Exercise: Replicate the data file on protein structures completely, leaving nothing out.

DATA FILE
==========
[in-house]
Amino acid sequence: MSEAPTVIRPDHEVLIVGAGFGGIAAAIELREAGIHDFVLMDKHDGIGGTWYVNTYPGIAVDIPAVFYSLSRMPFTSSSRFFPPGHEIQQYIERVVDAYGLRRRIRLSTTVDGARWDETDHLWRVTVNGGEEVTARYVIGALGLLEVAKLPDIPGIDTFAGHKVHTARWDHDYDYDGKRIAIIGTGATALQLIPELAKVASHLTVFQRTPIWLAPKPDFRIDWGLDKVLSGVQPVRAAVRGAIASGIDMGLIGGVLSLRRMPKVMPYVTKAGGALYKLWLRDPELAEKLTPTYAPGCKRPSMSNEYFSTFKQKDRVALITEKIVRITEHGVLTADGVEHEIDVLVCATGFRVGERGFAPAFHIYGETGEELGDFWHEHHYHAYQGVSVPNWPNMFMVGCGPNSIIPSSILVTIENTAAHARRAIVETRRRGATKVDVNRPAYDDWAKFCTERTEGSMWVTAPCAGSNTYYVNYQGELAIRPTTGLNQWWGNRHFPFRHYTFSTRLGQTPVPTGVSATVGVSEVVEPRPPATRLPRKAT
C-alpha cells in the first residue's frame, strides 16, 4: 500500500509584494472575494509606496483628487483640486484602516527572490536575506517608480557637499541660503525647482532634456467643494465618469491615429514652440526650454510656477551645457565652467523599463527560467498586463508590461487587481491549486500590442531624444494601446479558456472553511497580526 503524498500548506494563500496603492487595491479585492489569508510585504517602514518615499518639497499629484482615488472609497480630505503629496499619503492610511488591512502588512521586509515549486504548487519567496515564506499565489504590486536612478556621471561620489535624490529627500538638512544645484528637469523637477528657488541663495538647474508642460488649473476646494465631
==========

[in-house]
Amino acid sequence: MSEAPTVIRPDHEVLIVGAGFGGIAAAIELREAGIHDFVLMDKHDGIGGTWYVNTYPGIAVDIPAVFYSLSRMPFTSSSRFFPPGHEIQQYIERVVDAYGLRRRIRLSTTVDGARWDETDHLWRVTVNGGEEVTARYVIGALGLLEVAKLPDIPGIDTFAGHKVHTARWDHDYDYDGKRIAIIGTGATALQLIPELAKVASHLTVFQRTPIWLAPKPDFRIDWGLDKVLSGVQPVRAAVRGAIASGIDMGLIGGVLSLRRMPKVMPYVTKAGGALYKLWLRDPELAEKLTPTYAPGCKRPSMSNEYFSTFKQKDRVALITEKIVRITEHGVLTADGVEHEIDVLVCATGFRVGERGFAPAFHIYGETGEELGDFWHEHHYHAYQGVSVPNWPNMFMVGCGPNSIIPSSILVTIENTAAHARRAIVETRRRGATKVDVNRPAYDDWAKFCTERTEGSMWVTAPCAGSNTYYVNYQGELAIRPTTGLNQWWGNRHFPFRHYTFSTRLGQTPVPTGVSATVGVSEVVEPRPPATRLPRKAT
C-alpha cells in the first residue's frame, strides 16, 4: 500500500509584494472575494509606496483628487483640486484602516527572490536575506517608480557637499541660503525647482532634456467643494465618469491615429514652440526650454510656477551645457565652467523599463527560467498586463508590461487587481491549486500590442531624444494601446479558456472553511497580526 503524498500548506494563500496603492487595491479585492489569508510585504517602514518615499518639497499629484482615488472609497480630505503629496499619503492610511488591512502588512521586509515549486504548487519567496515564506499565489504590486536612478556621471561620489535624490529627500538638512544645484528637469523637477528657488541663495538647474508642460488649473476646494465631